Police officers to be required to submit affidavit proving no torture cell in their jurisdiction: Shahbaz GillArchive
Punjab chief minister's spokesperson Dr Shahbaz Gill on Wednesday announced that Chief Minister Usman Buzdar had ordered that every deputy superintendent of police (DSP) and district police officer (DPO) would be required to submit an affidavit that there was no torture cell within their respective station's jurisdiction.
The order comes after several cases came to light recently of suspects dying in the custody of Punjab police due to alleged torture.
Addressing a press conference, Gill shared some of the immediate steps the provincial government was taking to deal with the situation. He said if an incident of torture occurs following the submission of the affidavit, a first information report (FIR) will be registered against the DPOs and DSPs instead of police officers and sub-inspectors as is generally done.
Earlier, Punjab Inspector General of Police (IGP) retired Capt Arif Nawaz Khan had also stated that FIRs would be registered against the DPO, DSP and station house officer (SHO) concerned in the case of torture or death in custody while the SHO involved in such incidents would be blacklisted for posting at any police station.
Gill further said that Chief Minister Buzdar had expressed a desire to form an independent board, the final form of which would soon be developed and enforced in the police. In the case of an incident taking place, media persons, school teachers and people from different walks of life would be included in the board, he revealed.
The spokesman said that the watchdog they were forming would independently investigate an incident and look at what had occurred.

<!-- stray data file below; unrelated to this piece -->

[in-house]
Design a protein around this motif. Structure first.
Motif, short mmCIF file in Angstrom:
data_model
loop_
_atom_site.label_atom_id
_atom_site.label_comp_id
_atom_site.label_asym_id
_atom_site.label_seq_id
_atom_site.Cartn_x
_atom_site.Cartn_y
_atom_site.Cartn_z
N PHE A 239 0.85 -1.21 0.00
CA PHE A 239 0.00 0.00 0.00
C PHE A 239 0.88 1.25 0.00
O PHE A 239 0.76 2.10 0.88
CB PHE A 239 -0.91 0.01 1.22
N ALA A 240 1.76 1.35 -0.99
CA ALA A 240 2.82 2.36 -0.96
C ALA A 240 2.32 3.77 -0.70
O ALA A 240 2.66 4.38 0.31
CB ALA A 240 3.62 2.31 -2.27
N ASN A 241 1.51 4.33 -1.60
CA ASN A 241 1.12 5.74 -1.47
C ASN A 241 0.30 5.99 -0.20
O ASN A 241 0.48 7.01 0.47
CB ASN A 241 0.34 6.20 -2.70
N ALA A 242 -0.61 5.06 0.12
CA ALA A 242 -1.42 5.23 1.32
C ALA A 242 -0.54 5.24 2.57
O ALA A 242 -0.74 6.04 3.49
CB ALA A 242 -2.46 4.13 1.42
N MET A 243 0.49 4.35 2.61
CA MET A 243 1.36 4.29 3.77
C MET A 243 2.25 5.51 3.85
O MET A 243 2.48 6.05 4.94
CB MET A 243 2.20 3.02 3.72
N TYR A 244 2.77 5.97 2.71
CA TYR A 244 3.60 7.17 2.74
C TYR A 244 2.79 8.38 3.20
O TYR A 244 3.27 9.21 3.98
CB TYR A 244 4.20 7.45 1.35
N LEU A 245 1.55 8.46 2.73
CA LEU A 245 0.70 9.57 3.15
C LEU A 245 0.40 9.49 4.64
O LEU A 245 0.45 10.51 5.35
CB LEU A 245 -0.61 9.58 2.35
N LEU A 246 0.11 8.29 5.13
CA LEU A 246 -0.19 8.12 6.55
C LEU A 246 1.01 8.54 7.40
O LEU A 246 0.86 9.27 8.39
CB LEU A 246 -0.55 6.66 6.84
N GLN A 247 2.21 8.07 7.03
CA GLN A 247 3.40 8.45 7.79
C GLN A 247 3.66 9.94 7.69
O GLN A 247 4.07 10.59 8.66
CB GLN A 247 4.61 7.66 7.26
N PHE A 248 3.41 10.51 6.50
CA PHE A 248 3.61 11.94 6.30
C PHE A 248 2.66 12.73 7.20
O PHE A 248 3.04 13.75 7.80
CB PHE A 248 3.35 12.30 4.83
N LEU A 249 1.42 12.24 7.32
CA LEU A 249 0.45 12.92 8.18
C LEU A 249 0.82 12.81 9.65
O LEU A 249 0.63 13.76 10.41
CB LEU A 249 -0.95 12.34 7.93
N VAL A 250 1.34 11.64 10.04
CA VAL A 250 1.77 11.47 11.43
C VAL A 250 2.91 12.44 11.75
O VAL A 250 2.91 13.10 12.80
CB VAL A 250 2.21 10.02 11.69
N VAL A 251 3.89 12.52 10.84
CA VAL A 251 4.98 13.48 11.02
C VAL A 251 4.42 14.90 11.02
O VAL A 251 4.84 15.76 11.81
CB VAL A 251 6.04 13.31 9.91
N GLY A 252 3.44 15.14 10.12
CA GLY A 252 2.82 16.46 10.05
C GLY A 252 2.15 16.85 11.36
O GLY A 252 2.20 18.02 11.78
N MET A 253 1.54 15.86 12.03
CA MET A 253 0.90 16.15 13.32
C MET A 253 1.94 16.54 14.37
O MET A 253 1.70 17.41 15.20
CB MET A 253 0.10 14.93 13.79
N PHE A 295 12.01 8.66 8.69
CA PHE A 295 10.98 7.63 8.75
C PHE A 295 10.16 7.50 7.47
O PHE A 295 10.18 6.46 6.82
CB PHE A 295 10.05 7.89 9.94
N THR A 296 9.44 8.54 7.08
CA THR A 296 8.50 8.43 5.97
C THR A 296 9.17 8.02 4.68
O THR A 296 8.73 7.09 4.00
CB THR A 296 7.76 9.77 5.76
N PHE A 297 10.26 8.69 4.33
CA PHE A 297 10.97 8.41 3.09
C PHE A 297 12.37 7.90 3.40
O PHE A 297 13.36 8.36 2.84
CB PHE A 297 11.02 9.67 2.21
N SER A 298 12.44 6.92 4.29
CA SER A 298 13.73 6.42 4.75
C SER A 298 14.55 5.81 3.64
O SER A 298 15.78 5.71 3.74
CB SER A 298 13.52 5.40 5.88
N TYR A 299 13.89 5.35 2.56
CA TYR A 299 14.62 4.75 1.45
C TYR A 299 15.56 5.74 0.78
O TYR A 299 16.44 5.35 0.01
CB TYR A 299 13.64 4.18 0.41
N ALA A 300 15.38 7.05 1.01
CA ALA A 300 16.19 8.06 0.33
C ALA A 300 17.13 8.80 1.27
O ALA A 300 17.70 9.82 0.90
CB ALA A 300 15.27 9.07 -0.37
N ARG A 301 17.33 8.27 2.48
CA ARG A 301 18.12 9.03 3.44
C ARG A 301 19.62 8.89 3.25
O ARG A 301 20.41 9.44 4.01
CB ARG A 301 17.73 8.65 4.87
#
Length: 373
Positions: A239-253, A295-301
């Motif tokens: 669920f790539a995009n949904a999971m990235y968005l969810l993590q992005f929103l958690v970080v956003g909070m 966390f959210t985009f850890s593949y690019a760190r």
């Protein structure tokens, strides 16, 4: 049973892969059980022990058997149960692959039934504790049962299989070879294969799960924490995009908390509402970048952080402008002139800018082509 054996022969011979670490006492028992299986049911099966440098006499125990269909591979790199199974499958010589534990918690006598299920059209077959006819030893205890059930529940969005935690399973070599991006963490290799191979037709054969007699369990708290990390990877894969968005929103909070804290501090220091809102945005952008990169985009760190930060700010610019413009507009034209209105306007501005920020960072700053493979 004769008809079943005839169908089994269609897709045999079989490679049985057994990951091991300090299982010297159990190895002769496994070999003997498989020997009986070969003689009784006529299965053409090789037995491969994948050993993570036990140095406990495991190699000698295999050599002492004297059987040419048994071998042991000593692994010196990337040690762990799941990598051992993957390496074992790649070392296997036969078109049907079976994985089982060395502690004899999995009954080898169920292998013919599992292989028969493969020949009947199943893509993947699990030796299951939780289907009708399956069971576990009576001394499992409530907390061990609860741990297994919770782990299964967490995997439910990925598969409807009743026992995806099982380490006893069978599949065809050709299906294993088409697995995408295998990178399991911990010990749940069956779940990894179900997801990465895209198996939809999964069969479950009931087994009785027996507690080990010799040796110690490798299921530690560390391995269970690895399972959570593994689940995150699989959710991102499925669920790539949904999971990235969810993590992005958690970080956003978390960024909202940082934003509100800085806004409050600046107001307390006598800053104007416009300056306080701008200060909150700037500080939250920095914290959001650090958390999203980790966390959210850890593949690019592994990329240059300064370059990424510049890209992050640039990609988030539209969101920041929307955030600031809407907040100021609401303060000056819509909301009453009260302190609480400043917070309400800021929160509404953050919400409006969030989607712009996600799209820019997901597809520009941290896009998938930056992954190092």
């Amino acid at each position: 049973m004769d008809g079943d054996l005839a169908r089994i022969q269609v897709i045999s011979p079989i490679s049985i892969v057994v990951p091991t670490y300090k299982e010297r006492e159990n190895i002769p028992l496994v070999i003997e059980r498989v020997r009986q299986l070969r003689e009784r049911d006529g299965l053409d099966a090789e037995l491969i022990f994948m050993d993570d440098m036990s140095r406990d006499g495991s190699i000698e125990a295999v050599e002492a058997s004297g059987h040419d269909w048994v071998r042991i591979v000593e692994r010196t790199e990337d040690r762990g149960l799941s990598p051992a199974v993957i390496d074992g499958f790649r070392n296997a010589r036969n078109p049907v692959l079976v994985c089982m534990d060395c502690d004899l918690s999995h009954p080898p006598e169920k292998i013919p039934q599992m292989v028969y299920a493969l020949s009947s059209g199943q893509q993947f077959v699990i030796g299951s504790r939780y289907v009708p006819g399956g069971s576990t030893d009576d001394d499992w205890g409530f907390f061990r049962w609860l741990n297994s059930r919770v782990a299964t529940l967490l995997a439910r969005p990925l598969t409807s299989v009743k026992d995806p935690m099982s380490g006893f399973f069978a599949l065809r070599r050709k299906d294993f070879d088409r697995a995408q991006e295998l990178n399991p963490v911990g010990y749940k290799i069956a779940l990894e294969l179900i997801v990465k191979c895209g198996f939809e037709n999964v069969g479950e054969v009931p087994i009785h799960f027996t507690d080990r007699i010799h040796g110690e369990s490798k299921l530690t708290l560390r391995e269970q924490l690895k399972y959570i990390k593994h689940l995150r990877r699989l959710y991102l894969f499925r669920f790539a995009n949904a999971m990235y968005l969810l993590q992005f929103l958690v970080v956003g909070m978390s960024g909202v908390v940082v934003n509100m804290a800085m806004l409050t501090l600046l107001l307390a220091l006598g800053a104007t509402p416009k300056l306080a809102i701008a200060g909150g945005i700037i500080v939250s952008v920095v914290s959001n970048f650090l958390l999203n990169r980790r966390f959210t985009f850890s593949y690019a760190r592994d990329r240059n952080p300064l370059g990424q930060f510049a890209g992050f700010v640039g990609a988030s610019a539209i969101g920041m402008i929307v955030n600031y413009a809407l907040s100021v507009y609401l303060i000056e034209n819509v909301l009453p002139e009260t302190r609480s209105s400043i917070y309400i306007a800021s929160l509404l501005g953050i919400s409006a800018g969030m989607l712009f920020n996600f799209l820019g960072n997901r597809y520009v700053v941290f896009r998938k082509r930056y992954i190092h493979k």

Gill remarked during the press conference that fixing the police was a "very difficult job".
While noting that delivery in Khyber Pakhtunkhwa had taken two-and-a-half years and would also take time in Punjab, he said that the government was not going back on its promise.
Gill said that they were also changing the interaction of police with the public.
Additionally, he said that an official would be appointed inside police stations whose only job would be to work on personal relationships.
A complaint box would also be installed near stations which would be opened once a month by the RPO and DPO. Stations would then be rated on the basis of people's complaints, Gill added.
At the outset of his press conference, the spokesperson said that through Buzdar, Prime Minister Imran Khan had delivered a message to the service-related institutions of Punjab, at the very top of which is the police.
In the message, the police were commended for their duty during Muharram.
"The premier had a very clear message that police are for the service of the people," Gill said, adding that the purpose of the police was not for torture people or run torture cells.
At least three cases had come to light recently of deaths caused by alleged police torture, and videos had gone viral on social media of some suspects in a distressed state while in police custody. On September 1, Salahuddin Ayubi, a man who was said to be mentally disabled, had died in police custody in Rahim Yar Khan. On the same day, a middle-aged man had passed away in Lahore after allegedly being tortured by Gujjarpura police in an illegal torture cell that was unearthed last month.
Reports also emerged that a gardener named Amir Masih had died after being illegally detained in an alleged police torture cell in Lahore.